Doctors call the CPS on parents who treated their epileptic two-year-old daughter with cannabis oil
The toddler is suffering from a rare form of epilepsy and her parents did not want to risk the extreme side-effects of the drug they were prescribed by doctors
When little Jaelah Jerger from Huntingburg, Indiana started having painful seizures at six months old, her parents Jade (34) and Lelah (32) were understandably concerned. After multiple doctors continuously denied that there was anything wrong with her, a neurologist finally diagnosed the child with epilepsy.
“Her seizures are quick jerks. They’re one to two-second jerks of her arms. She’s only two so she can’t really tell us if they’re painful, but sometimes she’ll cry right after she has them,” Lelah told People. “She’d just be walking around and all of a sudden she twitches. It was terrifying.”
Jaelah was diagnosed with benign myoclonic epilepsy in infancy, a rare disease. Doctors prescribed Levetiracetam, sold under the brand name Keppra, a drug approved by the Food and Drug Administration but with possible side effects including depression, anxiety and suicidal tendencies.
The Jergers decided to look for alternative medicine and found what they were looking for in the form of cannabis oil. The substance, which is extracted from the marijuana plant, contains concentrated CBD, one of the components of marijuana along with THC. Unlike the latter, CBD does not have any psychoactive effects; which is why it is legal for adult use in Indiana since last March. The couple procured the oil from a Colorado-based company in August 2017 and began administering it promptly.
“We saw immediate results. We had a 95 percent reduction in seizures right of the bat. We didn’t have any negative side effects. She was a normal 2-year-old!” Lelah said. “We’ve had absolutely no difference in Jaelah besides a reduction in seizures. We’re very grateful that we came across it.”
There have been a number of studies that suggest that CBD oil might be an effective treatment for epilepsy but doctors are still cautious. Without approval from the FDA or any other statutory body, there is very little quality control when it comes to cannabis-based treatments.
“Up to 20 percent of patients who try CBD for epilepsy have diarrhea as a side effect,” Dr Courtney Wusthoff, assistant professor of neurology and neurological sciences at Stanford’s Division of Child Neurology, told People. “Fatigue and lethargy are other most common side effects.”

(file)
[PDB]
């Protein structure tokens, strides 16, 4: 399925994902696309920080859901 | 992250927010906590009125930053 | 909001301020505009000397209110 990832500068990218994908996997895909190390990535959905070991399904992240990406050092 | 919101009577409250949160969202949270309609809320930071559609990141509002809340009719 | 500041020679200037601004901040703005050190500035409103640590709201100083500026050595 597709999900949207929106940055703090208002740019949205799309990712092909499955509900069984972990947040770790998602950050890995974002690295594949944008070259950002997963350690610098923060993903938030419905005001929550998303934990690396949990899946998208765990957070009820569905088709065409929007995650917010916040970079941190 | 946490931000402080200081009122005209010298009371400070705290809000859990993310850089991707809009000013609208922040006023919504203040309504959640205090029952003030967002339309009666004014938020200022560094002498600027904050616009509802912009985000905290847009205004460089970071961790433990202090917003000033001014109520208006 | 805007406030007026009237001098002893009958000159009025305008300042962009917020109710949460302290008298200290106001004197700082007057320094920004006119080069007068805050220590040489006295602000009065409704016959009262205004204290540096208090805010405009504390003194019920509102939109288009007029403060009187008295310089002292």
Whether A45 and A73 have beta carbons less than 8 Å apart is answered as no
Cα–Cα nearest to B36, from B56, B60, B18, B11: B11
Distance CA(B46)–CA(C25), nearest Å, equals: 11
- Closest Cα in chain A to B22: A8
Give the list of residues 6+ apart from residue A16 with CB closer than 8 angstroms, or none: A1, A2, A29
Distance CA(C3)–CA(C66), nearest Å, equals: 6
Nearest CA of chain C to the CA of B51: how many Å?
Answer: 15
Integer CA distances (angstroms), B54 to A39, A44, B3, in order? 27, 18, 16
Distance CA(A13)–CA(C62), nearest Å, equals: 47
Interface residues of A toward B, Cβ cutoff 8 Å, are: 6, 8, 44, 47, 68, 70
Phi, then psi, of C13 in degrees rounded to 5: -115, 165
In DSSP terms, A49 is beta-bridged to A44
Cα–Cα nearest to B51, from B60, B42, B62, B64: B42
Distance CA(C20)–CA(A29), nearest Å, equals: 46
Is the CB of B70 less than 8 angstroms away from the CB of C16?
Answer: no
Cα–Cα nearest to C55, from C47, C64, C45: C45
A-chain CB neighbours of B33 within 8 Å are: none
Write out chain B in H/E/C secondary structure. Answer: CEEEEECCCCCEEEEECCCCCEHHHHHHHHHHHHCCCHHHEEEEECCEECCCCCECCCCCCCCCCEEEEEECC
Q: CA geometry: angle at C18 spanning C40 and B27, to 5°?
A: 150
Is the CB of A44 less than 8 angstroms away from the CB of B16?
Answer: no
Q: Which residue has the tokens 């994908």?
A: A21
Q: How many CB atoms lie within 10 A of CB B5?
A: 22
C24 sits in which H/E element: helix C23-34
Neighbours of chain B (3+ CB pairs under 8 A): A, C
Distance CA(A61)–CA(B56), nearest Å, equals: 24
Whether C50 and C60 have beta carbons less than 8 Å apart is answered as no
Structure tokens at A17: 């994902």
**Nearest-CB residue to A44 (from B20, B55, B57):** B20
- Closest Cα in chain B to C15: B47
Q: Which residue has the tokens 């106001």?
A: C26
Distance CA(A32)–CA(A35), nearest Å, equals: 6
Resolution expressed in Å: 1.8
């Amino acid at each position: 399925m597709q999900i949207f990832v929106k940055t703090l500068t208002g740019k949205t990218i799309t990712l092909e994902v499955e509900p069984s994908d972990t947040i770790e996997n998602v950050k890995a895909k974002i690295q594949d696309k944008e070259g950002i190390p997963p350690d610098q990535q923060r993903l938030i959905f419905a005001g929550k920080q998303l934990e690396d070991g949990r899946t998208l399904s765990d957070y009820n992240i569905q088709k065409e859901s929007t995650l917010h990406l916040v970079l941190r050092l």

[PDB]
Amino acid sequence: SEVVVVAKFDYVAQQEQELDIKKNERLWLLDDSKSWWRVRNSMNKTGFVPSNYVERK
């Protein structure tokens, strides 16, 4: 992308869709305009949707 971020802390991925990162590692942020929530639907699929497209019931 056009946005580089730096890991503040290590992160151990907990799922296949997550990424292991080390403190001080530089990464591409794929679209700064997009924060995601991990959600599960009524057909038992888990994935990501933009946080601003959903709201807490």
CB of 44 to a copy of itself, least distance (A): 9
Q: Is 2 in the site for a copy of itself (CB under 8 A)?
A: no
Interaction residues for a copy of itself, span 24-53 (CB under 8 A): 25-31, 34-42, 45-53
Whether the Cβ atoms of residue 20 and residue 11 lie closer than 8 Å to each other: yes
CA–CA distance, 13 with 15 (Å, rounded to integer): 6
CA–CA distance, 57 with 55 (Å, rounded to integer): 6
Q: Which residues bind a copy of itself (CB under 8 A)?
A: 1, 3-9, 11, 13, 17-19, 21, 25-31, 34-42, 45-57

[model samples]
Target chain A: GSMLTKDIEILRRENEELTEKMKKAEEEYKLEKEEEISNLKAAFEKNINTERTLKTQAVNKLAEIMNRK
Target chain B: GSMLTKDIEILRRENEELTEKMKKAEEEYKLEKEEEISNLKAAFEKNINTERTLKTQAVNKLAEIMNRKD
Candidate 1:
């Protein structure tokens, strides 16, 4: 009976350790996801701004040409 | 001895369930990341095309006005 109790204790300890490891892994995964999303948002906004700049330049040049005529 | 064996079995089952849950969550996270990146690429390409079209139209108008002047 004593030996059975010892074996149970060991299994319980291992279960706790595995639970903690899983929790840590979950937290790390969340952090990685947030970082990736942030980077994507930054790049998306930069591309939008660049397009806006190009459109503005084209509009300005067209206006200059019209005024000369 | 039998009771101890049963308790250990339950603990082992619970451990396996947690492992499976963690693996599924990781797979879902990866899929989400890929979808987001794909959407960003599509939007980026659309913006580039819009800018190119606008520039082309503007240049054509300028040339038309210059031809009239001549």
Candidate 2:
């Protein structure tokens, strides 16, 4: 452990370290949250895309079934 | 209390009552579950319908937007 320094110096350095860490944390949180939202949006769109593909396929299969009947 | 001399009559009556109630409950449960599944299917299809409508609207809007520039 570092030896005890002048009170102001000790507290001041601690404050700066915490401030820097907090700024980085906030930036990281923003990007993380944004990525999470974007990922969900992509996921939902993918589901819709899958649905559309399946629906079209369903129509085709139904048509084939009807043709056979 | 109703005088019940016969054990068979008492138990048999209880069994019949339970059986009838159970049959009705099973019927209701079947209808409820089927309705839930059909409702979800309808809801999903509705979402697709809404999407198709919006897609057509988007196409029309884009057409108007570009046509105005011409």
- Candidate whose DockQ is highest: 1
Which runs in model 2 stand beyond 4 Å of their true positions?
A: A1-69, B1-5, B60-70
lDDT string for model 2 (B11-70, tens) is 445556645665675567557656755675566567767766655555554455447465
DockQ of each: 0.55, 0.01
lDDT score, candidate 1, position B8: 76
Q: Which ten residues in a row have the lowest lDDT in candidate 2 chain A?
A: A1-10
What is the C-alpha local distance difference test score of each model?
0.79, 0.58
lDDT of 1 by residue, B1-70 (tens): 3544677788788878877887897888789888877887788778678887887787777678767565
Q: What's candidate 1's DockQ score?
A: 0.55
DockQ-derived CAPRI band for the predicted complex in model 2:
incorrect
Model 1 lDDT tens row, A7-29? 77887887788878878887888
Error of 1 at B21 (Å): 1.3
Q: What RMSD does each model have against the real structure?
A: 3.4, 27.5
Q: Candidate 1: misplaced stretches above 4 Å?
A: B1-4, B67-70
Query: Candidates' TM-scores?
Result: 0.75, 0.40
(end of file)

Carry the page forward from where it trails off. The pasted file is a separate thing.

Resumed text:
Excited at the improvement, the Jergers approached doctors with their results. Despite initial encouragement, the doctors soon turned on the couple and called Child Protective Services. “[They said] … they would take her. We were scared to death that they were not only going to take Jaelah but take our other kids too,” Lelah said.
CPS officials reportedly did not prohibit the couple from using the oil. They did, however, order them to give the toddler Keppra as well simultaneously. After just five days on Keppra, Jaelah began to exhibit some of the side-effects according to her mother.
“We had to admit Jaelah into the hospital to have her taken off the medication because she was throwing up, she wasn’t eating, she wasn’t acting like her normal self,” Lelah said. “She would walk around the house crying for no reason. That wasn’t what we were used to seeing out of Jaelah.”
The couple has since stopped giving the child Keppra and now treat her purely with cannabis oil. They have also filed a complaint against CPS in the US Southern District Court for allegedly taking a blood sample from the child without a warrant and preventing the parents from approaching more than one doctor. Though Jaelah’s condition has reportedly improved, her parents are still terrified that the CPS officials will return to take her away for good.